Always trust in old friends? Effects of reciprocity in bilateral asset specificity on trust in international B2B partnerships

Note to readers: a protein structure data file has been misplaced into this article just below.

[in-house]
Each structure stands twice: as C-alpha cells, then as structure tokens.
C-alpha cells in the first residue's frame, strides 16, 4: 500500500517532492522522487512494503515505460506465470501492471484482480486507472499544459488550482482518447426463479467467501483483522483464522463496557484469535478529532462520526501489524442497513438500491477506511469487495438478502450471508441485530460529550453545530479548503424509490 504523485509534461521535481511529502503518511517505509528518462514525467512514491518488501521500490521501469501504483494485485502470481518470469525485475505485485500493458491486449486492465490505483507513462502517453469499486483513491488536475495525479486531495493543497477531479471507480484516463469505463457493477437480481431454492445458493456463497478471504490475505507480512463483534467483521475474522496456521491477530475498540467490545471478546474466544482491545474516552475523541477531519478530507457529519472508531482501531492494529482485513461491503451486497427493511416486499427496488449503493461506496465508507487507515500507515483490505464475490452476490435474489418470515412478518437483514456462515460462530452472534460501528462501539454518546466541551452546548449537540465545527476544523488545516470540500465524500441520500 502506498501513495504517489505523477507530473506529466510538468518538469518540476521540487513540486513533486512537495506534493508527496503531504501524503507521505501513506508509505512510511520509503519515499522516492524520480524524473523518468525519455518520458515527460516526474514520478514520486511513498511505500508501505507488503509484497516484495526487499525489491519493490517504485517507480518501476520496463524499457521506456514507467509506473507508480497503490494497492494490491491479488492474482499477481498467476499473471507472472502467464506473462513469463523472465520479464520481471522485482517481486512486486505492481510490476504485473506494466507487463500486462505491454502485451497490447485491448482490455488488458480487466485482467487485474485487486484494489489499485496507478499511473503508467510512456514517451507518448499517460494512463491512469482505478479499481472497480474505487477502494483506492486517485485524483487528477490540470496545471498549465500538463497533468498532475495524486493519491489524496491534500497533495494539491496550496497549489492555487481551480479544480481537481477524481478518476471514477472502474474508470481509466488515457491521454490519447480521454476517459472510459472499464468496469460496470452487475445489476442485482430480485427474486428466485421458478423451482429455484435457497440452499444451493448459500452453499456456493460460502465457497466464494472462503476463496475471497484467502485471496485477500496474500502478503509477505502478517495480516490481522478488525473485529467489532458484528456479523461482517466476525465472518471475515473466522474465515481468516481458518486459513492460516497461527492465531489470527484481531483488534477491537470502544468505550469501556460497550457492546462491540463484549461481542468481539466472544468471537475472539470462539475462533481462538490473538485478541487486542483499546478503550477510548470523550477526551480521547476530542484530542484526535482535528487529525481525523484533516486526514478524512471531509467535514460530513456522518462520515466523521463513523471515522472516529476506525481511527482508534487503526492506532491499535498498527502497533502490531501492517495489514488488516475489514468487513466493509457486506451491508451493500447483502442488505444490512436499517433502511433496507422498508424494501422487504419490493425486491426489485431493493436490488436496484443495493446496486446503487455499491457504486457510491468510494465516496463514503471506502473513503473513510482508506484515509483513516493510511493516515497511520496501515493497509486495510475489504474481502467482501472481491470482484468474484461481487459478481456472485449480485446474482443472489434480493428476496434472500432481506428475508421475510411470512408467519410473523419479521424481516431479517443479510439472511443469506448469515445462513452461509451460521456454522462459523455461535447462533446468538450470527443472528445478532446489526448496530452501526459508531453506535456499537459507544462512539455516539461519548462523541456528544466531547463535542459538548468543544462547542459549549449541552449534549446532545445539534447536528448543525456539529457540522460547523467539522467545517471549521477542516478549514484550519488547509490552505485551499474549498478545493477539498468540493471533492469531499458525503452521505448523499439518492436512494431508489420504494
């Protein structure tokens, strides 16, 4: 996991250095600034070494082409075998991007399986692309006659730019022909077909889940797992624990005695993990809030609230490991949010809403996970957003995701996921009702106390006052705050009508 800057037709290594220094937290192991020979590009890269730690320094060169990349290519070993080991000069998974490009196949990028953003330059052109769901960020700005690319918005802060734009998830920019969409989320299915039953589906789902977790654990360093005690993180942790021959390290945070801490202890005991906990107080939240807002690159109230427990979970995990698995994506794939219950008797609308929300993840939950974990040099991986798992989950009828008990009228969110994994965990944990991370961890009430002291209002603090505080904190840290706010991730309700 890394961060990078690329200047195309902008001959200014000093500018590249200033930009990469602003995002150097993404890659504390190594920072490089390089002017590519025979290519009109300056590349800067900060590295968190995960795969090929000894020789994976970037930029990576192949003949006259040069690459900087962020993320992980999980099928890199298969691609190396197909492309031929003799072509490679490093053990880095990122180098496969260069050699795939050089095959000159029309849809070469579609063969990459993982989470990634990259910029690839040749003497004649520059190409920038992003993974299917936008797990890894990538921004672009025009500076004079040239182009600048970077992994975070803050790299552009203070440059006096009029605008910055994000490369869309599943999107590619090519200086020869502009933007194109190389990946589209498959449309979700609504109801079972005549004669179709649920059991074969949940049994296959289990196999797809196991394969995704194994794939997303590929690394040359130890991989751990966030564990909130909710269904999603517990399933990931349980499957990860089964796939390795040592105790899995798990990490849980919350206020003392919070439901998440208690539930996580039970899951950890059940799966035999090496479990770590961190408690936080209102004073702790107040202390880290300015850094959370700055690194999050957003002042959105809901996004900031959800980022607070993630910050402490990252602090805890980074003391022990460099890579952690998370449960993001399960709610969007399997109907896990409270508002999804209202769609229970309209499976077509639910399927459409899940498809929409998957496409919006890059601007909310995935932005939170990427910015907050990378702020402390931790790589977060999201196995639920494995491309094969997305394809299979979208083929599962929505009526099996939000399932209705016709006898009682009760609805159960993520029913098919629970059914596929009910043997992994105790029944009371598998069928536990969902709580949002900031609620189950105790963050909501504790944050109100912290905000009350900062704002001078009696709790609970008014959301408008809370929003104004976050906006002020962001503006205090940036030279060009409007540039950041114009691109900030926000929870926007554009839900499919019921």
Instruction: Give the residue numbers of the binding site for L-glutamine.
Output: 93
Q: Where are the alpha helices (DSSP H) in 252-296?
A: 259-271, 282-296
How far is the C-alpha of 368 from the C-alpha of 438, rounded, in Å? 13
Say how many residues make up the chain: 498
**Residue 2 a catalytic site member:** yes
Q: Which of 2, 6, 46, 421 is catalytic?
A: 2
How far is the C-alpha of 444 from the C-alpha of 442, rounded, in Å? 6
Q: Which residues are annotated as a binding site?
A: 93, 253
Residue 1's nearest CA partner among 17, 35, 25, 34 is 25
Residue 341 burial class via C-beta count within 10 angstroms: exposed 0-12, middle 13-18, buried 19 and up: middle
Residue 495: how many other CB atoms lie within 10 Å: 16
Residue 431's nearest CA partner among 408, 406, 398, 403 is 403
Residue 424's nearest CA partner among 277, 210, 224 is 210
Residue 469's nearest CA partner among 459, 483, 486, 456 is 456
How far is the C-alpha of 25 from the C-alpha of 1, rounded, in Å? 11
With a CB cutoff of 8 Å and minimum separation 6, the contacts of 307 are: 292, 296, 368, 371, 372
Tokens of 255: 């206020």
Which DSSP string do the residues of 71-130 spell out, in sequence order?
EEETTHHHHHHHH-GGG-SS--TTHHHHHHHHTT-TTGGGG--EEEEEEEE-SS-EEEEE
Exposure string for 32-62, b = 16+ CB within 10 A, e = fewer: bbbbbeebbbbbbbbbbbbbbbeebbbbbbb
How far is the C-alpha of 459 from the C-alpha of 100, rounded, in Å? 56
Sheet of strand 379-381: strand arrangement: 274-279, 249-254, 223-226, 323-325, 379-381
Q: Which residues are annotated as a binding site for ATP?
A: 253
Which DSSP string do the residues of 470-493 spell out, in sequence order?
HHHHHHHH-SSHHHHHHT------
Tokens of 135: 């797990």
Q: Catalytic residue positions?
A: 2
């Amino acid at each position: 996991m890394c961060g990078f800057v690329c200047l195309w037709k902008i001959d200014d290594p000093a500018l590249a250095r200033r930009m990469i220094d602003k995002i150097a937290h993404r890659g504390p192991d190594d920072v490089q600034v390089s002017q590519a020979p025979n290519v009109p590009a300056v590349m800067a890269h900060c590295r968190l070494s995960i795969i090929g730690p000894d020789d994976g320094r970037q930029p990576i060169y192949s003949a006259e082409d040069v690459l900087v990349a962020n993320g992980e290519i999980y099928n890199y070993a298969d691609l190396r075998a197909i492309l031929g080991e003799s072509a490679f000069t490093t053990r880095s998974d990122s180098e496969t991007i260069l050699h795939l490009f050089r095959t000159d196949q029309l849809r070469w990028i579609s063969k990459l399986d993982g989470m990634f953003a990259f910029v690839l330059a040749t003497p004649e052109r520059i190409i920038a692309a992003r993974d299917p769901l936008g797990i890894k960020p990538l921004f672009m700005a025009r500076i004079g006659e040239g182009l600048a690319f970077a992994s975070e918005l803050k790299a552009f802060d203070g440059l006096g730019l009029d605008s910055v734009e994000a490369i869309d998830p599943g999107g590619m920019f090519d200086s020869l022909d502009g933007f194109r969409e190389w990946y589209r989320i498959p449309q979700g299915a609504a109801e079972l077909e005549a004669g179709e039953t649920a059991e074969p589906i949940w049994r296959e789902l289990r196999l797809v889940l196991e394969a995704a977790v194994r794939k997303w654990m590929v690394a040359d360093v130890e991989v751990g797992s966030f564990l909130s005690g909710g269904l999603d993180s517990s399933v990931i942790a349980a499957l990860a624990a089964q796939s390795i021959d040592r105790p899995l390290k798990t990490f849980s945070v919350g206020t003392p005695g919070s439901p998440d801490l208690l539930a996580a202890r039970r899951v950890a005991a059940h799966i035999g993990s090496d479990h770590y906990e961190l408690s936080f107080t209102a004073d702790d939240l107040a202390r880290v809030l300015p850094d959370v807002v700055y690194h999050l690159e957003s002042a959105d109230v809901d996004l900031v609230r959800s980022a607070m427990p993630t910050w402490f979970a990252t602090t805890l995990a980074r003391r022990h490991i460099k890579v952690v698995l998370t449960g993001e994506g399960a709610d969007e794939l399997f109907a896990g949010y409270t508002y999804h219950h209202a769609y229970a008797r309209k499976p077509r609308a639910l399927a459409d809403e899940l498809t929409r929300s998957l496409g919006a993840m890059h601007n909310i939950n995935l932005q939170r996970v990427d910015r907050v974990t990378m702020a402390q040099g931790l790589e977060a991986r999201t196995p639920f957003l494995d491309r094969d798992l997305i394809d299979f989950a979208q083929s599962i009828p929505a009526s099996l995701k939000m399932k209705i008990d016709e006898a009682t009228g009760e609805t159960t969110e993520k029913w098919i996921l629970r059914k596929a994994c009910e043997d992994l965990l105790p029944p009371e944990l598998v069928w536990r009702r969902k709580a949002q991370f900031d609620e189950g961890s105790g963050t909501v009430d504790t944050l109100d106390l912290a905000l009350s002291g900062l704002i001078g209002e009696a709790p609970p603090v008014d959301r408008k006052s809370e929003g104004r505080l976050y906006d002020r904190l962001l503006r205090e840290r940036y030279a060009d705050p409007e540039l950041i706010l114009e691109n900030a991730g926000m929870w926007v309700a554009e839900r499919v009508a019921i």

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Grounded in Social Exchange Theory (SET), this study is motivated by two unresolved issues. First, scholars find mixed results on how relationship duration facilitates business-to-business (B2B) trust. The lack of consensus results from the assumption that relationship duration is a measure of prior trust-building efforts. We contend that trust-building lies in exchanges between B2B partners, and relationship duration moderates the effects of reciprocal exchanges. Second, although Transaction Cost Analysis (TCA) is one of the most used theoretical lens in the study of B2B trust, TCA is criticized for neglecting the exchange process in B2B trust-building. To provide clarity to these issues, we validate the expectation that bilateral asset specificity constitutes social exchange processes, which communicate goodwill reciprocity and equivalence reciprocity. Empirical findings suggest that, within bilateral asset specificity: (1) achieving goodwill reciprocity always enhances trust, regardless of the duration contingency; and (2) violating equivalence reciprocity impairs trust over the duration.


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